Whilst I am on holiday, I thought it was a great opportunity for another guest blog, this time on the subject of buying an old used car.
Buying any used car can be tricky enough, but even more so if the budget is tight and you can only afford an older model. However, this doesn’t mean you should end up with a bad and costly vehicle, many people buy old cars for not much money and run them happily for years. If you do your homework, and know what to look out for then there is no reason why you can’t grab a bargain. Although this article gives you some advice on the matter, it’s also very wise to speak to people in the know and get some first-hand advice. The internet also offers up many forums and communities of car enthusiasts who generally are pleased to help out where possible.
When viewing an old used car, it’s important to try and get a good idea of the cars history. This will tell you how well the car has been looked after, and what work has been done before you buy it. For cars with a high mileage it’s also a very good idea to see how long certain parts last i.e the clutch, cam belt, head gasket and so on. If you know this information you should be able to build up a picture of what work may need to be done, and check this against work already completed on the car. It’s amazing how much money this little bit of research can save you in the long run, and can make the difference between buying a wreck and grabbing a real bargain.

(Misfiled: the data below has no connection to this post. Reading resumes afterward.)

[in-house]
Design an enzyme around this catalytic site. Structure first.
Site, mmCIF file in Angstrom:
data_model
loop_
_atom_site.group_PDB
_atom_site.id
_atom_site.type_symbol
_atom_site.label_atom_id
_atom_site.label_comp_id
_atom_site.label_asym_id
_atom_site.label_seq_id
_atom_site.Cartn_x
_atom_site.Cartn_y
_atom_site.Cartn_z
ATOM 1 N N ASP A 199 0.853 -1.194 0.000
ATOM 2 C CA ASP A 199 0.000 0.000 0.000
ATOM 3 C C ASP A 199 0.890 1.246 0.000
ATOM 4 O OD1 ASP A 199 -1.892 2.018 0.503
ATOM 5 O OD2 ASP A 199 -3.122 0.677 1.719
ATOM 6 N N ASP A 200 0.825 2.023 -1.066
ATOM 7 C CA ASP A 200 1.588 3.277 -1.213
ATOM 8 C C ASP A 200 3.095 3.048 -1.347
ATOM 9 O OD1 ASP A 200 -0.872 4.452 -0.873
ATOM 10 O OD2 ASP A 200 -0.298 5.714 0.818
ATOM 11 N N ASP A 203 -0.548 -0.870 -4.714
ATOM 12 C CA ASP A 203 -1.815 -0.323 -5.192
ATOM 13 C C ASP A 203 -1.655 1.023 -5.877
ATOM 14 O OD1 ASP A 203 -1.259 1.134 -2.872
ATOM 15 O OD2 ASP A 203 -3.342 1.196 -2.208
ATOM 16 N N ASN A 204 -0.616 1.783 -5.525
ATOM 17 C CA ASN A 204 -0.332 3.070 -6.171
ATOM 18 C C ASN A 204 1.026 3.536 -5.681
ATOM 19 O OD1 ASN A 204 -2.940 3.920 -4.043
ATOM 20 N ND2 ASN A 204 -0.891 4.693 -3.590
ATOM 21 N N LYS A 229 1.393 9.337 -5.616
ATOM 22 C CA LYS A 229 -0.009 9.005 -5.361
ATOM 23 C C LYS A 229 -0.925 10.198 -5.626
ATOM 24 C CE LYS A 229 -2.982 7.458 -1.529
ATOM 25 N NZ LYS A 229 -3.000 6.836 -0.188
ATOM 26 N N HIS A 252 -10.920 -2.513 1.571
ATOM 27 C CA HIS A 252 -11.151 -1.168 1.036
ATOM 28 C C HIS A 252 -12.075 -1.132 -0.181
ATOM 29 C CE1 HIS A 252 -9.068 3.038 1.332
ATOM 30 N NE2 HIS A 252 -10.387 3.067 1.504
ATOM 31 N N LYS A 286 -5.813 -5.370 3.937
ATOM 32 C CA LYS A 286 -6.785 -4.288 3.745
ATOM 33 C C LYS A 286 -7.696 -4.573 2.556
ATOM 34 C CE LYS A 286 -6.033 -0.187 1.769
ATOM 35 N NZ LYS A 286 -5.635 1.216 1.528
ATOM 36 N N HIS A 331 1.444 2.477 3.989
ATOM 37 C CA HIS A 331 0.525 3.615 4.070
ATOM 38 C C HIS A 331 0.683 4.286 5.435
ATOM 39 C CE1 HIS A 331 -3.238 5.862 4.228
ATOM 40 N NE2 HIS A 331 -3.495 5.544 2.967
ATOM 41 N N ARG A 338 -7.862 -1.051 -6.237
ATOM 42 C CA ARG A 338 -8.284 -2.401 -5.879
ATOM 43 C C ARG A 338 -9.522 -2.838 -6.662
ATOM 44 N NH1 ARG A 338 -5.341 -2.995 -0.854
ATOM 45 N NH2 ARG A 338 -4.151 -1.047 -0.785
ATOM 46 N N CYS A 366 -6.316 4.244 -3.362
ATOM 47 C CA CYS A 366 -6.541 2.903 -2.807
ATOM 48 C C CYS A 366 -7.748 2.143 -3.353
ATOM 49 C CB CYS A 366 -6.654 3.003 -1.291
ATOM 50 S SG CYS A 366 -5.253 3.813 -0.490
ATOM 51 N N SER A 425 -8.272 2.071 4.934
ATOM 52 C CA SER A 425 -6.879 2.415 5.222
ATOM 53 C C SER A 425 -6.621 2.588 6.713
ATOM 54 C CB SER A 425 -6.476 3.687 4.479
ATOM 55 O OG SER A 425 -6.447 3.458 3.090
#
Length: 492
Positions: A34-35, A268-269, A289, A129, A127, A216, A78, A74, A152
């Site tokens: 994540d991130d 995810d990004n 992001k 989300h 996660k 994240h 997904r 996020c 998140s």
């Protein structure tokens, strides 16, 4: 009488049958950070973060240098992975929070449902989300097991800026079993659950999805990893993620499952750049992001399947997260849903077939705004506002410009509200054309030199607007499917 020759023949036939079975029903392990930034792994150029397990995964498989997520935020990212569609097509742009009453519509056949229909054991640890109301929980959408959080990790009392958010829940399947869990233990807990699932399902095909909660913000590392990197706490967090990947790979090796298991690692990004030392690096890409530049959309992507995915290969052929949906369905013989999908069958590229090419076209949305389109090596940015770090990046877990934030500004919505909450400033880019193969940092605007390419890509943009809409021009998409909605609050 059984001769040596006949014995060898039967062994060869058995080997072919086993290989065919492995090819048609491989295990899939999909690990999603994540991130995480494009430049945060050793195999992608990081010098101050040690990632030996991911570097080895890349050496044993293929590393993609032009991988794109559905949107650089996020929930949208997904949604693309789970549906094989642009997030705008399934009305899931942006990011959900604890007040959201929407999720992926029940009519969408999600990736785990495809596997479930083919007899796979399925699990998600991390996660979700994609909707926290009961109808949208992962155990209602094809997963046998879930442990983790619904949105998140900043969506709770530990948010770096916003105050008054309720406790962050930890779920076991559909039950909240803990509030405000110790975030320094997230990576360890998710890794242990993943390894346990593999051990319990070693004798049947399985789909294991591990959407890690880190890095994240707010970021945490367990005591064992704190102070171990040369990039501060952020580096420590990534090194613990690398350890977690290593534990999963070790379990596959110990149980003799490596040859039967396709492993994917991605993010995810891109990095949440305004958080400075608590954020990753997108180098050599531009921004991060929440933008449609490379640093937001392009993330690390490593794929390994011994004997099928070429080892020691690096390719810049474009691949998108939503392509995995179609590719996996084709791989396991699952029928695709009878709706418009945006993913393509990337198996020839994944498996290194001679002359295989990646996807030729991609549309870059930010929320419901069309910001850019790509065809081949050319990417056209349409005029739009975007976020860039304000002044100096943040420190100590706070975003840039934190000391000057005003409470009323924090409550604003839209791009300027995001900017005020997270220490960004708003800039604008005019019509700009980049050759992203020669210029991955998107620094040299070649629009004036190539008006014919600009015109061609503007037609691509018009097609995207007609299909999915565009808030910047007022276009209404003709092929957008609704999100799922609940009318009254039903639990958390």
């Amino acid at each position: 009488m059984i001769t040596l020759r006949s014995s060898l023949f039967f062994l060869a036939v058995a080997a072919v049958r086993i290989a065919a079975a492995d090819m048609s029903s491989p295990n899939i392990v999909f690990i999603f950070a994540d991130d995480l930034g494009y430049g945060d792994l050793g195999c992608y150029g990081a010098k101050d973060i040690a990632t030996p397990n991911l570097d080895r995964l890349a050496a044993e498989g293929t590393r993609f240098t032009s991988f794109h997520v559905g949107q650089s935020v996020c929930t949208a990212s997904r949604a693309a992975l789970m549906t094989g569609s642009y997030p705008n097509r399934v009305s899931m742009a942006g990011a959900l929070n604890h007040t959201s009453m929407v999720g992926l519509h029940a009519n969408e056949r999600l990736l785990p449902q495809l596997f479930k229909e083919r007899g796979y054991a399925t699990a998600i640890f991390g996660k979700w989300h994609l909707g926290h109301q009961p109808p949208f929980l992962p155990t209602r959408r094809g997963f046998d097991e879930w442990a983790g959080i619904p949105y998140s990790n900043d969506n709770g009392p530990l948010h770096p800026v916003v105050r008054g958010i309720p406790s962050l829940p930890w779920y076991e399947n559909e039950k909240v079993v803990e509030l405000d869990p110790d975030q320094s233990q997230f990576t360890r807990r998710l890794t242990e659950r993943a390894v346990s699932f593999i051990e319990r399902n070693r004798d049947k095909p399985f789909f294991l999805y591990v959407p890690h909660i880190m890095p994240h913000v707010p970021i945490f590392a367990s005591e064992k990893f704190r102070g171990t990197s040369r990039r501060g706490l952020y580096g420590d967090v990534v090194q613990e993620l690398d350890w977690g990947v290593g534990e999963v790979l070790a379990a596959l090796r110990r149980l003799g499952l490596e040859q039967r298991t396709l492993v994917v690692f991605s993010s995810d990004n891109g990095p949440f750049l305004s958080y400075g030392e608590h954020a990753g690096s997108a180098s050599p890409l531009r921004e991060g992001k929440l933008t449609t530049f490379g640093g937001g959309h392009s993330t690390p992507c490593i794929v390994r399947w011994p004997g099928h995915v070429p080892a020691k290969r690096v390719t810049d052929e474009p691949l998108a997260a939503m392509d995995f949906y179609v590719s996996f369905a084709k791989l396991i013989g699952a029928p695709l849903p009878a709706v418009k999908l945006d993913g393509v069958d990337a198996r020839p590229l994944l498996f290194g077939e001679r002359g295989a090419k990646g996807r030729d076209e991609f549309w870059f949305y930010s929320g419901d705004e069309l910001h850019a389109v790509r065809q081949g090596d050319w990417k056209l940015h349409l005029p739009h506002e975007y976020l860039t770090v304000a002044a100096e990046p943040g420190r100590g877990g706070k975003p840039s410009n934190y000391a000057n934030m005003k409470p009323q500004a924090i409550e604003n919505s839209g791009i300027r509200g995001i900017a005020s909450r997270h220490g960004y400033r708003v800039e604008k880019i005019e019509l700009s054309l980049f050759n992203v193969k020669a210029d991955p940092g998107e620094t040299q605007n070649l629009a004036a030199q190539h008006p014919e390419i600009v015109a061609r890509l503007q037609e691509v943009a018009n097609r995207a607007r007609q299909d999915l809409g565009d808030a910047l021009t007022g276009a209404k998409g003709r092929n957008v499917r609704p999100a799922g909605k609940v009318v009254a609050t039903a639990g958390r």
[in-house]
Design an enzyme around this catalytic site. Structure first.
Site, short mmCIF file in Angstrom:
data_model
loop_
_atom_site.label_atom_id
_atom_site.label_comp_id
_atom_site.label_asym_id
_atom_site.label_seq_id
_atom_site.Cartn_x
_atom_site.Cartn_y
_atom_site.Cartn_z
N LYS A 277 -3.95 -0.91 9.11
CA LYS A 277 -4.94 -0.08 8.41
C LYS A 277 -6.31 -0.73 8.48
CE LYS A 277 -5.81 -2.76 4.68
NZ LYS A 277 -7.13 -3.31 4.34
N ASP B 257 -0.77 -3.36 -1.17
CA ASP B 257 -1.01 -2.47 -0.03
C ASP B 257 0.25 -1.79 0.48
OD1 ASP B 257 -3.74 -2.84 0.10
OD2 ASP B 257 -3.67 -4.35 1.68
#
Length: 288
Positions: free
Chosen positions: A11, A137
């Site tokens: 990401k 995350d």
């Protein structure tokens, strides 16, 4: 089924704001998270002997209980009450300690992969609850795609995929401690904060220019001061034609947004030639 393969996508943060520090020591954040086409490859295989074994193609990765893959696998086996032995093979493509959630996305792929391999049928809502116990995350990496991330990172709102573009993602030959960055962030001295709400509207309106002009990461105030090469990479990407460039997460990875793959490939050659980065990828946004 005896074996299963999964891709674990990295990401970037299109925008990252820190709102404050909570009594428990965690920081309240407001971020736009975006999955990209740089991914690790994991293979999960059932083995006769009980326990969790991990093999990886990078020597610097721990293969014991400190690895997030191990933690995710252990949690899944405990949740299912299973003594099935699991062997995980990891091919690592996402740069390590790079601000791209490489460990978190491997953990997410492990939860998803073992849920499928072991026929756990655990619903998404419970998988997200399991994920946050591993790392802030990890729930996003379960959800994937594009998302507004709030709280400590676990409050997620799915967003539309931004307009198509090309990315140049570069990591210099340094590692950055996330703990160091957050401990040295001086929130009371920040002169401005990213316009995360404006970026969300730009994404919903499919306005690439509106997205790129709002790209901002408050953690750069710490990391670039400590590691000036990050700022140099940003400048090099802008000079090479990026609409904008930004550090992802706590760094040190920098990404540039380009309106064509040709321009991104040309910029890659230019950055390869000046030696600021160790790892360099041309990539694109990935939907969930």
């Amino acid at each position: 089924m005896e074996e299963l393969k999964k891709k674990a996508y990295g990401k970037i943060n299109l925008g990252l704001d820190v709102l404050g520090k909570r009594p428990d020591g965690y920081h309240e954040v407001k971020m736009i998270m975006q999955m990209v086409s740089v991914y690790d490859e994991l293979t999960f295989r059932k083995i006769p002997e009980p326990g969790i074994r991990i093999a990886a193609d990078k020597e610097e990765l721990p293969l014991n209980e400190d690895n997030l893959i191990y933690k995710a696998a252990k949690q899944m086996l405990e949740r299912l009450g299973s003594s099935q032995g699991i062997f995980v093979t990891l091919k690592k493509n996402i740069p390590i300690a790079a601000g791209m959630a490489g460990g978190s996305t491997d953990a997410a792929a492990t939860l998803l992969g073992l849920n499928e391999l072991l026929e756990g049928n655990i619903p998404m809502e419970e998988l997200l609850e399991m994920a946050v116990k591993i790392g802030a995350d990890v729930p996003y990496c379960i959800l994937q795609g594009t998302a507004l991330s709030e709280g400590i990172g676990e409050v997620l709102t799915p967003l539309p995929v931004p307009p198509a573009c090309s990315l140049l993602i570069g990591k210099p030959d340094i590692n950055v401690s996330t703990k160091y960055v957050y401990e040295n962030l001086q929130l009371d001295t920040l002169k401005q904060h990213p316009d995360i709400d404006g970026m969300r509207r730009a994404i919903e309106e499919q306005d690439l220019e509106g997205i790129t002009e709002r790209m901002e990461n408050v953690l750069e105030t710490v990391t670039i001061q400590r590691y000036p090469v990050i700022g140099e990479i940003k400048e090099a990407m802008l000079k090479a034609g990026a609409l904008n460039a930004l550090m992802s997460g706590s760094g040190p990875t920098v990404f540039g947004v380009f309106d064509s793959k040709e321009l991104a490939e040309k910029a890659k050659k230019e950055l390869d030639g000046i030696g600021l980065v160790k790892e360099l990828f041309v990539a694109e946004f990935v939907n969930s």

The general condition of the car can give away signs to further problems. On the other hand, some cars are in great condition, yet under the bonnet the potential problems may tell an entirely different story. But, it’s still worth having a good look around the car and checking for things such as excessive rust, dents and other signs of accidents, tyre conditions and so on. When buying old used cars, most people aren’t too fussed about how the car looks as long as it runs well. Just have a good look around to try and make sure the car seems safe.
This is what really counts, and if you know someone with mechanical knowledge see if you can convince them to come along and offer their opinion. The pint you buy them in the pub afterwards will definitely be worth it! If you don’t have the luxury of a mechanic friend, there are things you can take a look at yourself. Check all the fluid levels and look under the car and in the bonnet for signs of leaks. Drips and residue under the car will indicate a leak, and these can be expensive to fix in certain places. If there is excessive oil under the bonnet it could be a sign that the head gasket is about to go. If this is the case…run a mile or negotiate a massive chunk from the asking price.
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